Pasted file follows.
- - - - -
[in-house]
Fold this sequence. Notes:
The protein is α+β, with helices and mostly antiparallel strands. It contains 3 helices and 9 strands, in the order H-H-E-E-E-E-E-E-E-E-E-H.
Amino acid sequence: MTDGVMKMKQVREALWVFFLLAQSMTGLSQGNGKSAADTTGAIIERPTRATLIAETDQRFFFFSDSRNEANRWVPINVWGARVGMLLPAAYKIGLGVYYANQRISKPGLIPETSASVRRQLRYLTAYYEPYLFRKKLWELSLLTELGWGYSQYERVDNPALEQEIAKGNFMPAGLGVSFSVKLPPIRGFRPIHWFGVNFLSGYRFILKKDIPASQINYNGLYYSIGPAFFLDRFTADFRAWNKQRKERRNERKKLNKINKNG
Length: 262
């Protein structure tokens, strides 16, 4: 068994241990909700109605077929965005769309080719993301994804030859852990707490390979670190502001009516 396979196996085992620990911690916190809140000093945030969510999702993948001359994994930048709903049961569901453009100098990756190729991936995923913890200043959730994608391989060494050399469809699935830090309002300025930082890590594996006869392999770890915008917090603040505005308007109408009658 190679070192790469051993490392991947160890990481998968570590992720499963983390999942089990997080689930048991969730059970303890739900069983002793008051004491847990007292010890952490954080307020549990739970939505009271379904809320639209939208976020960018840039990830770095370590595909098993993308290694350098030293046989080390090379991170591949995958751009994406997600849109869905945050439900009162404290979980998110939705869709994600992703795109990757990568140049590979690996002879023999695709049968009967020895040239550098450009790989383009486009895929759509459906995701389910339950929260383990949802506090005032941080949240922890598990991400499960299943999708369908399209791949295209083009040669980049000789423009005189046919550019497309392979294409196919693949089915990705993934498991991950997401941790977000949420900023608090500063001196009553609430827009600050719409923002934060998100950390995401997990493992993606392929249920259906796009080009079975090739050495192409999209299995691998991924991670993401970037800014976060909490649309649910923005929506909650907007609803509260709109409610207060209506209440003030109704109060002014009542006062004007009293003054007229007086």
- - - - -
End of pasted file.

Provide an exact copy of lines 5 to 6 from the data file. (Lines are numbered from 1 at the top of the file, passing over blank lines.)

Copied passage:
Length: 262
């Protein structure tokens, strides 16, 4: 068994241990909700109605077929965005769309080719993301994804030859852990707490390979670190502001009516 396979196996085992620990911690916190809140000093945030969510999702993948001359994994930048709903049961569901453009100098990756190729991936995923913890200043959730994608391989060494050399469809699935830090309002300025930082890590594996006869392999770890915008917090603040505005308007109408009658 190679070192790469051993490392991947160890990481998968570590992720499963983390999942089990997080689930048991969730059970303890739900069983002793008051004491847990007292010890952490954080307020549990739970939505009271379904809320639209939208976020960018840039990830770095370590595909098993993308290694350098030293046989080390090379991170591949995958751009994406997600849109869905945050439900009162404290979980998110939705869709994600992703795109990757990568140049590979690996002879023999695709049968009967020895040239550098450009790989383009486009895929759509459906995701389910339950929260383990949802506090005032941080949240922890598990991400499960299943999708369908399209791949295209083009040669980049000789423009005189046919550019497309392979294409196919693949089915990705993934498991991950997401941790977000949420900023608090500063001196009553609430827009600050719409923002934060998100950390995401997990493992993606392929249920259906796009080009079975090739050495192409999209299995691998991924991670993401970037800014976060909490649309649910923005929506909650907007609803509260709109409610207060209506209440003030109704109060002014009542006062004007009293003054007229007086």